Tech viewpoint on telling the truth
A view from Ben Cooper

Tech viewpoint on telling the truth

One of the innumerable things that digital and social have done in this brave new world is ratchet up the need for truth.

Once upon a time, when mass communication was largely top-down and one-way, marketing could get away with big claims based on half-truths or less.

Whether or not these claims were swallowed by the consumer was largely a moot point because few people – other than media owners and the rich and powerful – had a voice to broadcast their disbelief to lots of other people. And there was a major economic disincentive for media owners to bring their advertisers to task.

Of course, now virtually all consumers are social and/or online media-enabled, with hardly any filters to temper their most heartfelt expressions. They will very publicly prosecute claims. Dissent will aggregate in an instant at the merest whiff of fraud or messaging misstep to ruthlessly expose brands.

Like all democratic systems, the new media landscape has its drawbacks but, overwhelmingly, it is for the good. Chiefly because it has led to a flight to truth. Not just in what brands say, but in what they do – due to the fact that brands are built from consumer experience.

This was top of mind when we were briefed by our client Optus to showcase the power of its mobile network. From the outset, we thought about big, real-world problems and if we had the capacity to genuinely solve them. We then turned to sharks and Australia’s beach lifestyle. Shark-detection systems have changed little in 60 years, so we began looking into a new tech-based solution.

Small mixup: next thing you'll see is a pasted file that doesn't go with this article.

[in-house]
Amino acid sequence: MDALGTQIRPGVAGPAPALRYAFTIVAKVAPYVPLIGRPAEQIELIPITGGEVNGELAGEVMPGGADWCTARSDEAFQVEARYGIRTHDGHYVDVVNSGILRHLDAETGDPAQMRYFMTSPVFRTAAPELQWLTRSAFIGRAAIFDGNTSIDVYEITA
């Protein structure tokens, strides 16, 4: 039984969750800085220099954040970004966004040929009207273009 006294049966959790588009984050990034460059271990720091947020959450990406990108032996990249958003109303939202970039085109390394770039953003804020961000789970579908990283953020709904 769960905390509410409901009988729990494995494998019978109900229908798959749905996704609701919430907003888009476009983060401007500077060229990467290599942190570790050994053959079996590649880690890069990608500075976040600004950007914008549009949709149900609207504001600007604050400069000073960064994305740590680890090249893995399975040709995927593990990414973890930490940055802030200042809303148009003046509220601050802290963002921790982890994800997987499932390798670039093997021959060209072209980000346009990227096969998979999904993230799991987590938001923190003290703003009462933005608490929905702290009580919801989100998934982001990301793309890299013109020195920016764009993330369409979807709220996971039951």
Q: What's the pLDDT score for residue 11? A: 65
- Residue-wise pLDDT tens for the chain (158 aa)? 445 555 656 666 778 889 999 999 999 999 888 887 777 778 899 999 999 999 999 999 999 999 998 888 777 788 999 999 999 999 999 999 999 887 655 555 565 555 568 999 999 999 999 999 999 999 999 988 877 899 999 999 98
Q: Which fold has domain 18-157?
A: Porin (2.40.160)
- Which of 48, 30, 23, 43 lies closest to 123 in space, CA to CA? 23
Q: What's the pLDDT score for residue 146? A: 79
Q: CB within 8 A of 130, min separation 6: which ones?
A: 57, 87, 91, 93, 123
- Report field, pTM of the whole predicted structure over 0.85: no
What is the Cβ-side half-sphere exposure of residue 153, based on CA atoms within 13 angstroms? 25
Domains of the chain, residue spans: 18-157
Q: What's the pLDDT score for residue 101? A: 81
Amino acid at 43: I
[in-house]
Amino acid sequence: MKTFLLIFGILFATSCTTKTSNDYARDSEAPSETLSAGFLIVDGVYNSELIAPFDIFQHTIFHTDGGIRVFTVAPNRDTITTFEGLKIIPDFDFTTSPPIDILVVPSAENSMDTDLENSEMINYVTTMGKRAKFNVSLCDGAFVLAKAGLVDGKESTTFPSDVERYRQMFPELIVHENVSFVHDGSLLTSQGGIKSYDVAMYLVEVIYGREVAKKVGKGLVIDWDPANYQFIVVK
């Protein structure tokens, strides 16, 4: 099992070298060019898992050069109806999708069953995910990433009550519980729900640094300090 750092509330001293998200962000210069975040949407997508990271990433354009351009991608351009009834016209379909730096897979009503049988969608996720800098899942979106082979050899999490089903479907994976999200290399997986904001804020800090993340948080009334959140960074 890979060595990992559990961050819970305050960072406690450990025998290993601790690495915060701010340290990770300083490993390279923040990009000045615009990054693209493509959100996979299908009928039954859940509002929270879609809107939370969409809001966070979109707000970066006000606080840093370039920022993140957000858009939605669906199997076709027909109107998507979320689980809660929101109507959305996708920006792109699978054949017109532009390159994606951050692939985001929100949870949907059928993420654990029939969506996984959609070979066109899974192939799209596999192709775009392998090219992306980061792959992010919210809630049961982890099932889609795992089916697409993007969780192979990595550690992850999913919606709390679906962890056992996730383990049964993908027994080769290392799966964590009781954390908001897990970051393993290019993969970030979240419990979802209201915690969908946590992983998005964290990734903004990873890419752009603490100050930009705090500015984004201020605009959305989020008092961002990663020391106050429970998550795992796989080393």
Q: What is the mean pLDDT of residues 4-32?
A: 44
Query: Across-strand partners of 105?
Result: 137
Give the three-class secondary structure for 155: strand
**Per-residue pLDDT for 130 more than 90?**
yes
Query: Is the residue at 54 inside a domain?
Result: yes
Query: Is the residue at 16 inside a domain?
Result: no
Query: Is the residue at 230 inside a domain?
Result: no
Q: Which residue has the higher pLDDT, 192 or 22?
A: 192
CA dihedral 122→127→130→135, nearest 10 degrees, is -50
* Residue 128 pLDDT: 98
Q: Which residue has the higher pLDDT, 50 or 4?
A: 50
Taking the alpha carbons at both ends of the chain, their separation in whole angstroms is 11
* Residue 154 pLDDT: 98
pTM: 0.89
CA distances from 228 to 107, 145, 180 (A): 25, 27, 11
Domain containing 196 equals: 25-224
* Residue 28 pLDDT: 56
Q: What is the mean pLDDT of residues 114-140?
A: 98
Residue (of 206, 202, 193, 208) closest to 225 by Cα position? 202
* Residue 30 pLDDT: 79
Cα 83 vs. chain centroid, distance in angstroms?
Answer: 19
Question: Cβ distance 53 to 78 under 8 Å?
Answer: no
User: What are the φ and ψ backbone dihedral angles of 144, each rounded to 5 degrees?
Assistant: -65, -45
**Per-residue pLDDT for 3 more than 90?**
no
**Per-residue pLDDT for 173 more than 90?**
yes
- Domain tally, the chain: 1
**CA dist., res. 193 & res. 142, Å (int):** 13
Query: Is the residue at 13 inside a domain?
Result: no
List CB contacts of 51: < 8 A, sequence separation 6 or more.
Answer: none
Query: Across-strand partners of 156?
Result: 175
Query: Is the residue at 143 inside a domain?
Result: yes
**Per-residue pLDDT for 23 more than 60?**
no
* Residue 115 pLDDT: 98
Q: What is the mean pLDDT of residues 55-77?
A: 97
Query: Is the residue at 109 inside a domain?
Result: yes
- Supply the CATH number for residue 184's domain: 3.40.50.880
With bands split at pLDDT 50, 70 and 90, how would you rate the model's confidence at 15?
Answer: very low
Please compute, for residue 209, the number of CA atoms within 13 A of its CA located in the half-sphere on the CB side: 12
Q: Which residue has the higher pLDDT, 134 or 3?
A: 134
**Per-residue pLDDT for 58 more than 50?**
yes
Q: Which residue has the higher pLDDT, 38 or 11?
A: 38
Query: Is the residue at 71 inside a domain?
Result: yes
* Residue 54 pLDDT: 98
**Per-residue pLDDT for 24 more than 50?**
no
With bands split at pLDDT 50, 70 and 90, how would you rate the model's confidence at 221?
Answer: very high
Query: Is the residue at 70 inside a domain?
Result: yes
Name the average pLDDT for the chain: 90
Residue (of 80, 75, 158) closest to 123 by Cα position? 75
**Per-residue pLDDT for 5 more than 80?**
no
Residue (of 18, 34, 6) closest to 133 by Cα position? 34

Dissent will aggregate in an instant at the merest whiff of fraud to ruthlessly expose brands

This led to the idea of meshing sonar technology with an offshore device that could alert beachgoers of sharks via the Optus network. We entered into a research and development project with Optus, Google and the marine-technology company Shark Attack Mitigation Systems to see if this idea could float.

"Clever Buoy", a smart ocean buoy that uses world-first shark detection technology to warn the beach via Optus, is the result.

It was AKQA’s creative chief, Rei Inamoto, who said products are 1 per cent ideation and 99 per cent execution. Never a truer word has been spoken.

Ad agencies are supposed to come up with the big idea. To be so thoroughly involved in bringing a world-first product to life is new territory for us. Territory we would not be exploring without the bravery of clients such as Optus.

This project required big trust and a willingness from all parties to step out of their expected roles. A true partnership resulted. And, out of that, an execution based on real science. One that will, no doubt, challenge some accepted truths. And, hopefully, stand true to the real predators out there. Waiting to bare their teeth on social media.

Ben Cooper is the group innovation director at M&C Saatchi Australia